Nanjing delays 'Japanese Culture Week'

Updated: 2012-03-02 16:04


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NANJING - China's eastern city of Nanjing on Friday said it will delay its "Japanese Culture Week" scheduled for March as a form of protest over a Japanese mayor's denial of the World War II-era Nanking Massacre.

The People's Association for Friendship with Foreign Countries of Nanjing said in a statement that it has notified the Japanese side about the delay.

Japanese Culture Week is an annual event coorganized by the association and the Japanese Consulate General in Shanghai, featuring cultural exchange activities conducted by the young people of both nations.

Nagoya's mayor Kawamura Takashi said on February 20 that the Nanking Massacre "probably never happened" while meeting with a delegation from Nanjing.

Nanjing witnessed mass murder, genocide and rape following the Japanese invasion of the city in 1937.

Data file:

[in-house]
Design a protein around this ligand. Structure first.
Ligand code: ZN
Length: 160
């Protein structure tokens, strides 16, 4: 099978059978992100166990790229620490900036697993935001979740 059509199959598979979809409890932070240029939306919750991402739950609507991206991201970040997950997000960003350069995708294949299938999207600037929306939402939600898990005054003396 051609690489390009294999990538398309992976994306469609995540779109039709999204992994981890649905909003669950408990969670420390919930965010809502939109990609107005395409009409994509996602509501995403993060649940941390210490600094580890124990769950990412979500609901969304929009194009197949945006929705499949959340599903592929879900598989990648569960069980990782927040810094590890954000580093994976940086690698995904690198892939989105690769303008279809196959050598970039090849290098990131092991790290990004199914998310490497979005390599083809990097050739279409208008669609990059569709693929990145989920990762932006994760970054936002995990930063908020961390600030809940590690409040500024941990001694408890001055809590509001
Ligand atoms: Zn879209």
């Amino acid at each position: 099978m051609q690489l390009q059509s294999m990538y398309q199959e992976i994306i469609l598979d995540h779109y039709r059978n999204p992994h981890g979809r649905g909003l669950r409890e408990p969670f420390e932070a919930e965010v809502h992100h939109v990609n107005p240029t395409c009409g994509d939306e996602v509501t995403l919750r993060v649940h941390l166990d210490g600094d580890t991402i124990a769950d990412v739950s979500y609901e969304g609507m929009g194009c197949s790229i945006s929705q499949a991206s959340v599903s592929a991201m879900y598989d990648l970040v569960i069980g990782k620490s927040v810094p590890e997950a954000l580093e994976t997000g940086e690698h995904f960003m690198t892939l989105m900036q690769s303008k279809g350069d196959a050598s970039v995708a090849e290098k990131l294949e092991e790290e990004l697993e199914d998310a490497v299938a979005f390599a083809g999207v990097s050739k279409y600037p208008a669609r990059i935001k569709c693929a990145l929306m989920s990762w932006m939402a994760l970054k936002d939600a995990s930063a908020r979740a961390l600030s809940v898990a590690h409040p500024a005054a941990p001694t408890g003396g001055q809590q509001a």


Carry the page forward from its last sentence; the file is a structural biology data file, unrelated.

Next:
The denial prompted a fierce backlash from the Chinese public, with many calling for an immediate apology from Nagoya's mayor and a travel boycott directed at the city .

Nanjing has suspended official exchanges with Nagoya in protest against the denial. The two established sister-city ties in 1978.

The Nanking Massacre, along with other knotty historical issues, has often strained relations between China and Japan. Japanese prime ministers' visits to the Yasukuni Shrine have often spilled over into diplomatic squabbles, as the shrine commemorates several Japanese who were later found to be war criminals for their part in the Nanking Massacre.

The Ministry of Foreign Affairs said last month that the Nanking Massacre is a "proven atrocity recognized by the international community."

The Nanking Massacre occurred in December 1937, when Japanese troops occupied the then-capital of China. More than 300,000 Chinese were killed by Japanese soldiers during the occupation.